After checking the schematic, a very convenient solution could be to replace the TDA's 47K input impedance resistor R409 with a 25K/25K voltage divider (or a pot). This will push the hiss close to the noise floor and significantly increase the SNR ratio. And as an extra benefit, the amp is going to have a much more home-friendly volume range (currently 4 is my max)

I'll keep updating the first post with some progress

This sounds like a very good idea!  Let us know how it turns out!
Life is what you make it.
Still rockin' the Dean Markley K-20X
thatraymond.com

flester


DrGonz78

Quote from: flester on April 28, 2021, 09:21:37 AM
Where would the low ass filter go?

I can only guess...??? But please don't post any pictures of it.
"A person who never made a mistake never tried anything new." -Albert Einstein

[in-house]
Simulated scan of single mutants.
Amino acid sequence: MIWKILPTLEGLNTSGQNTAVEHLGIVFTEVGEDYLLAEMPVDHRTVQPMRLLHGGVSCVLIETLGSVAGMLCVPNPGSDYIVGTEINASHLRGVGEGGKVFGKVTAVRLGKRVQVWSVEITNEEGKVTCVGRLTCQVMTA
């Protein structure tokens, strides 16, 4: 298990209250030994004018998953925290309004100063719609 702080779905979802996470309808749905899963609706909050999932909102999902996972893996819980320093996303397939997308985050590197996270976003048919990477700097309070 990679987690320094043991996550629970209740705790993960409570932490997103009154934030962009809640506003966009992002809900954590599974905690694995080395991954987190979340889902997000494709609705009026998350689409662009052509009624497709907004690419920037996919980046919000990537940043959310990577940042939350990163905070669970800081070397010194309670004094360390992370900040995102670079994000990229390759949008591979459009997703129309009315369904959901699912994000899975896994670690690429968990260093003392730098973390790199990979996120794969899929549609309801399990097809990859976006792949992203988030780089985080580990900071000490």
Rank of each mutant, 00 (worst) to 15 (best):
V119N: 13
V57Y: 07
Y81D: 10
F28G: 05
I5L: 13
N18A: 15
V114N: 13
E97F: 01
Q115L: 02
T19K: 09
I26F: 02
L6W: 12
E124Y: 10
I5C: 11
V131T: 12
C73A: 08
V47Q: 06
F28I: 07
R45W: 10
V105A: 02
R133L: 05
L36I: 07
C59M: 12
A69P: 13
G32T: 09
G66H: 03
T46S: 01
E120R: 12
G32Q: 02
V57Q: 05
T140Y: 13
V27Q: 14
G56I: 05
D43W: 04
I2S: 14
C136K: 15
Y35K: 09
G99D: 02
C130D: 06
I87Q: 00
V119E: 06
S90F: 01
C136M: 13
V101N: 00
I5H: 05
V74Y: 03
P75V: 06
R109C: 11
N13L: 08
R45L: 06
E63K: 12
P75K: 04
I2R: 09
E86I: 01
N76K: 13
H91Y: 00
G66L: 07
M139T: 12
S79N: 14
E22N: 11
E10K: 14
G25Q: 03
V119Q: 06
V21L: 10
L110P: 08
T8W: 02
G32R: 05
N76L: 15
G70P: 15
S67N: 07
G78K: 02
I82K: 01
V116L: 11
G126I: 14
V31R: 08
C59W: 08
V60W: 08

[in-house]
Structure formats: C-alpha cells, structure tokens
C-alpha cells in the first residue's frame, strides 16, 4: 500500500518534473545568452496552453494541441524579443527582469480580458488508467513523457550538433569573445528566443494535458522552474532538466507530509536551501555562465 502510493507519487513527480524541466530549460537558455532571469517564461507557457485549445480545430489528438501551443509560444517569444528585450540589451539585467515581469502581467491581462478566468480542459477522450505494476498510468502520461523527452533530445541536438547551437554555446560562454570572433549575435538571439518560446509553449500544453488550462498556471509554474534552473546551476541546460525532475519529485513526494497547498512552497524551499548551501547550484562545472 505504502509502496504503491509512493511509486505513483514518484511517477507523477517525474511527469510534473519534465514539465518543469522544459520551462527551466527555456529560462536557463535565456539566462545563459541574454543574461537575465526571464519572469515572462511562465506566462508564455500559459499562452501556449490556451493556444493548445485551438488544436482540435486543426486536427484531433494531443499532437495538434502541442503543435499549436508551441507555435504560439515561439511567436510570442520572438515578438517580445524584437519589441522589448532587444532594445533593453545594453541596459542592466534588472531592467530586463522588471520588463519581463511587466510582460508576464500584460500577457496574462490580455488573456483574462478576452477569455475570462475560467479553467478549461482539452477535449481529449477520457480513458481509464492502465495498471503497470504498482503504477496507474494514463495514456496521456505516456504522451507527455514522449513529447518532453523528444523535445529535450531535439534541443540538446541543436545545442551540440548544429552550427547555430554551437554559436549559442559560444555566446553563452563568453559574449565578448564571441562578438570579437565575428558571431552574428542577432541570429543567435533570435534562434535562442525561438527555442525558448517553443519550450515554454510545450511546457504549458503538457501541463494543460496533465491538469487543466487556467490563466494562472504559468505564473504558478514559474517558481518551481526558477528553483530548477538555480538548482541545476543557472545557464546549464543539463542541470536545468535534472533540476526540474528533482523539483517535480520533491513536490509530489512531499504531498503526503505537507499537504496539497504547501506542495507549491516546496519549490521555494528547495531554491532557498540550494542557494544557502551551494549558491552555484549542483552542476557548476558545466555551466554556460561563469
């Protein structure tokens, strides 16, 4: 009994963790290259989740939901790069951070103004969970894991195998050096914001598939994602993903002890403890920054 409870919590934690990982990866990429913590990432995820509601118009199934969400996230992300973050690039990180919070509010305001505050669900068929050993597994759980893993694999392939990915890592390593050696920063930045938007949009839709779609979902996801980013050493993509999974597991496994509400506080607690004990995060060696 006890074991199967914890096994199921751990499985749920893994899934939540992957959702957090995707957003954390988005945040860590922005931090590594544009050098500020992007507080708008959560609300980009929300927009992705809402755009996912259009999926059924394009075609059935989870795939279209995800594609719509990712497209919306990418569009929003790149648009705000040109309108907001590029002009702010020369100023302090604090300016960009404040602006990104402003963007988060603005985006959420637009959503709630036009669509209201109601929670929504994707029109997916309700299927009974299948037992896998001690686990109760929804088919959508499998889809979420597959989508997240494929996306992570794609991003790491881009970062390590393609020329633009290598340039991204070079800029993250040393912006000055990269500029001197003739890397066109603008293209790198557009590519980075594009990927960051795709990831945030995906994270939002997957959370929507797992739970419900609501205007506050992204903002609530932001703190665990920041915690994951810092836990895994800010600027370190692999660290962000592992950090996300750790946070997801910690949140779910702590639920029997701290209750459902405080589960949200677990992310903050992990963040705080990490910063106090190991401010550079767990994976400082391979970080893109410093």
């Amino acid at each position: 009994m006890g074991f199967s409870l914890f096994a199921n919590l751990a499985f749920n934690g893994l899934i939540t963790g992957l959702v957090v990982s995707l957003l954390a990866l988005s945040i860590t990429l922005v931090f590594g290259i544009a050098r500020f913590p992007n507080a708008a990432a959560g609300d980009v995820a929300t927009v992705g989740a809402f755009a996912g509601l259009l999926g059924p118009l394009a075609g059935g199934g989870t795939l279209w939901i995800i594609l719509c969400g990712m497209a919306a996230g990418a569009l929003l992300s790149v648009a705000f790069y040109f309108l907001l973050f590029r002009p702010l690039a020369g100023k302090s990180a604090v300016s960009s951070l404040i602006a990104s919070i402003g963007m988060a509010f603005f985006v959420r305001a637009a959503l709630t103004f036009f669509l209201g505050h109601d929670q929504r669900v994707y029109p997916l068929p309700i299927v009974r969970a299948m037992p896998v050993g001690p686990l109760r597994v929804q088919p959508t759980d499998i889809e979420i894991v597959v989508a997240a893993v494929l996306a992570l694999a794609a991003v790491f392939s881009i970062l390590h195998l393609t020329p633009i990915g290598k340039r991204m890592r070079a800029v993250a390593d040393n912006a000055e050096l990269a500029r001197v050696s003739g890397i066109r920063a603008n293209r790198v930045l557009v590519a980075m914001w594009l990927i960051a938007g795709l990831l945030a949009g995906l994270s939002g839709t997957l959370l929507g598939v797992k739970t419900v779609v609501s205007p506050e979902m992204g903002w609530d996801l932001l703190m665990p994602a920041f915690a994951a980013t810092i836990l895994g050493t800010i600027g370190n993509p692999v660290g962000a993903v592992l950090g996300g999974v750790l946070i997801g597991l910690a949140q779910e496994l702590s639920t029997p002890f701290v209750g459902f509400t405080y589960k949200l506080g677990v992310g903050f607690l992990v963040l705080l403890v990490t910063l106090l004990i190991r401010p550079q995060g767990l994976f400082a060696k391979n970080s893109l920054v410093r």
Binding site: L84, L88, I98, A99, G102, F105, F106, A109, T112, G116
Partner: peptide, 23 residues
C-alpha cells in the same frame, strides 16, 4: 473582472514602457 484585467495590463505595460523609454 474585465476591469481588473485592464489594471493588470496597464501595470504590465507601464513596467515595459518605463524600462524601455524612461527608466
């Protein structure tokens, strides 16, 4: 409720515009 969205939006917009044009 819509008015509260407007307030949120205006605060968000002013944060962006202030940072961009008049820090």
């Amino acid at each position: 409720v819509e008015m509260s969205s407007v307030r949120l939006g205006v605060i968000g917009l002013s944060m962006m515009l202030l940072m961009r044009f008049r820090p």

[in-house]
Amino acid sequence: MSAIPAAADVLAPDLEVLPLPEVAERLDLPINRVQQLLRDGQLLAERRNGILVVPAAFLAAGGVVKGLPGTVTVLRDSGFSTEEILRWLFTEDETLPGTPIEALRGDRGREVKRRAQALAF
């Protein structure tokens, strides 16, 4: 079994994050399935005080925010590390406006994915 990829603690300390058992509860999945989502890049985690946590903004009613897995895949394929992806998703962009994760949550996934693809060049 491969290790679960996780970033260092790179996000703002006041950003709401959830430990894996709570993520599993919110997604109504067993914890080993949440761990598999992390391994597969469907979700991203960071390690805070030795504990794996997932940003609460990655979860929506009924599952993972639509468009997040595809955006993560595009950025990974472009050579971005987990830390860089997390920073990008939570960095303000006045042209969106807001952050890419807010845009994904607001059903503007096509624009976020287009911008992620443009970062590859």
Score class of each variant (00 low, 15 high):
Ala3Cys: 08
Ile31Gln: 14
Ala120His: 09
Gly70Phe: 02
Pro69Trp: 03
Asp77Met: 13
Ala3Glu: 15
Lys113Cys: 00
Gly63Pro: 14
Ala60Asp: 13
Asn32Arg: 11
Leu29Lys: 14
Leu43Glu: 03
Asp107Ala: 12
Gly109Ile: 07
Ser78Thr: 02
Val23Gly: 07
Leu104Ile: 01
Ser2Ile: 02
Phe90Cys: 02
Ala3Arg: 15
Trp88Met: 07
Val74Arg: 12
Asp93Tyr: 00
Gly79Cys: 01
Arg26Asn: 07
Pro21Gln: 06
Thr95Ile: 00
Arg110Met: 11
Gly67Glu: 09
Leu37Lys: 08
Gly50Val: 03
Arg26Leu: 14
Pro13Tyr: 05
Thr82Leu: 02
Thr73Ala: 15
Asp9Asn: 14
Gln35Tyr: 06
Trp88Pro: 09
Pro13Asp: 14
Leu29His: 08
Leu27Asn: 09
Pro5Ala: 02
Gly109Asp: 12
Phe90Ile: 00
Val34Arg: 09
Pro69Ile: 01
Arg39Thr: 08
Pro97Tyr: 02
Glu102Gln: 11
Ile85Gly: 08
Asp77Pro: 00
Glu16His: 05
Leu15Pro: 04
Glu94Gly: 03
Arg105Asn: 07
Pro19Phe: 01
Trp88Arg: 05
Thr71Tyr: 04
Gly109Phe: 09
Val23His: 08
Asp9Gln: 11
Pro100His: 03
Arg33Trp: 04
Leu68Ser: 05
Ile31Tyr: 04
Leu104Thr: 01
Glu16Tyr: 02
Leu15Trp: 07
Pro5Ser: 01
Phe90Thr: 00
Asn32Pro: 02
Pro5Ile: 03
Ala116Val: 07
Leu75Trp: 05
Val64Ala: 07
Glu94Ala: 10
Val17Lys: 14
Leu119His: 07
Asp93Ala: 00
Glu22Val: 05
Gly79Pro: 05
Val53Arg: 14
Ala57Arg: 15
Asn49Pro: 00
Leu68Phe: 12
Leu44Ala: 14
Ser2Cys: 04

dimkasta

No pictures? How come?

Anyway, an easy win should be right at the cable coming from the front-end to the amp.

Enzo

No pictures?   Reread your typo in your previous post.

g1


dimkasta


dimkasta

#10
I finally found some time to work on the amp a bit more.

I tracked down R409 on the main PCB. But after all, the entire thing is mostly SMD parts at the bottom side. Combined with the entire high voltage SMPS stuff, this is a bit more difficult and dangerous than what the average DIYer can or should do.

So I won't bother with this after all. The hiss and lower volume will be covered by the FX loop where I usually add an EQ pedal.

If you do not care for the FX loop, a buffered 47K pot right at the cable coming from the front-end will do the trick.

dimkasta